They say there are no coincidences, and thus my ears perk up when I encounter the convergence of two ideas.
I stumbled across a study showing that people who demonstrate higher degrees of self-deception are more successful in the world. Participants were asked a series of embarrassing questions written to reveal the dark side within us. Those who lied reported being happier and feeling more successful in their pursuits. This went beyond how they felt as they also earned more in their respective roles.
This study converged with a Buddhist principle I studied on self-compassion without self-deception. The belief that if we drench honesty in compassion, we might live a more authentic, loving life. Pema Chodron said “the definition of self confidence is self gentleness.”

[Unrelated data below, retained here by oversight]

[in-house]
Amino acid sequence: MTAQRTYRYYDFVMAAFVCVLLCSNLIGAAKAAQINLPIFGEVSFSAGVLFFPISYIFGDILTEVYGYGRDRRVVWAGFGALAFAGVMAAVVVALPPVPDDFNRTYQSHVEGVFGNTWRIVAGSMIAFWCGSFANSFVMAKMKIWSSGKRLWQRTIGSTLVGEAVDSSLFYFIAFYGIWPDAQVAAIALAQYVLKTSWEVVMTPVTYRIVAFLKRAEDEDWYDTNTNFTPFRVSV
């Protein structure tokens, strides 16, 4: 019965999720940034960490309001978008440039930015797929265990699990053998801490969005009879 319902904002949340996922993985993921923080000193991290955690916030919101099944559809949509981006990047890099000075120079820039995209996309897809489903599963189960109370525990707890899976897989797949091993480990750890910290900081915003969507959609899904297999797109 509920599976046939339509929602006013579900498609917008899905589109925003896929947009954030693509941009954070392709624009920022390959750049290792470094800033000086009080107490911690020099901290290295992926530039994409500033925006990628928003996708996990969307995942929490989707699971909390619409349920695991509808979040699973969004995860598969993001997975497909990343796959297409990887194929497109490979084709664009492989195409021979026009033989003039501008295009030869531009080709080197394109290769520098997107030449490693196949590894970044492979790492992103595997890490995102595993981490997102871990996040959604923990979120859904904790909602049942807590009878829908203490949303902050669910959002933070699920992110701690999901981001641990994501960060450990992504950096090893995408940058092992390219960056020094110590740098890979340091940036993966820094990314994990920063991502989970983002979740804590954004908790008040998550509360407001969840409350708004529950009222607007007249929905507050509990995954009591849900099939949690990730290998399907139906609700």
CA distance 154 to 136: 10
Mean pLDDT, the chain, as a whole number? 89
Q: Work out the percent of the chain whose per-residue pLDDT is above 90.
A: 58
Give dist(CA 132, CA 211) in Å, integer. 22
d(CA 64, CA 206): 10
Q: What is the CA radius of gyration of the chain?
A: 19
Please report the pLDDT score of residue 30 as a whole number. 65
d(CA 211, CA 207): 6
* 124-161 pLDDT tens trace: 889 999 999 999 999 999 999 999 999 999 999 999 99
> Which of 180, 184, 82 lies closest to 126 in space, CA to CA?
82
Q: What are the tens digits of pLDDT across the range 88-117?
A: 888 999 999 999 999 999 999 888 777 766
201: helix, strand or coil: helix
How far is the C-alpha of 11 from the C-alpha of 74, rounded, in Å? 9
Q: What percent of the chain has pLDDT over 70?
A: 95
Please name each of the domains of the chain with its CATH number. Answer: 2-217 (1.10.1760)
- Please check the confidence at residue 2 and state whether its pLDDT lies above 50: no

If this is true, what do we make of the first study? Have we, as a society, become so inept at self-compassion that self-deception is required to carve a happy productive life? Have we replaced radical acceptance with deceit as a survival skill?
What if we could accept with compassion the whole truth of who we are without self-loathing? What if we were amused by our flaws and forgiving of our failures? What if we met weakness with a heart of curiosity versus a mindset of judgement? Could this impact our joy? Our authenticity? Our results? And what if it had only one impact: self love. Would that be enough?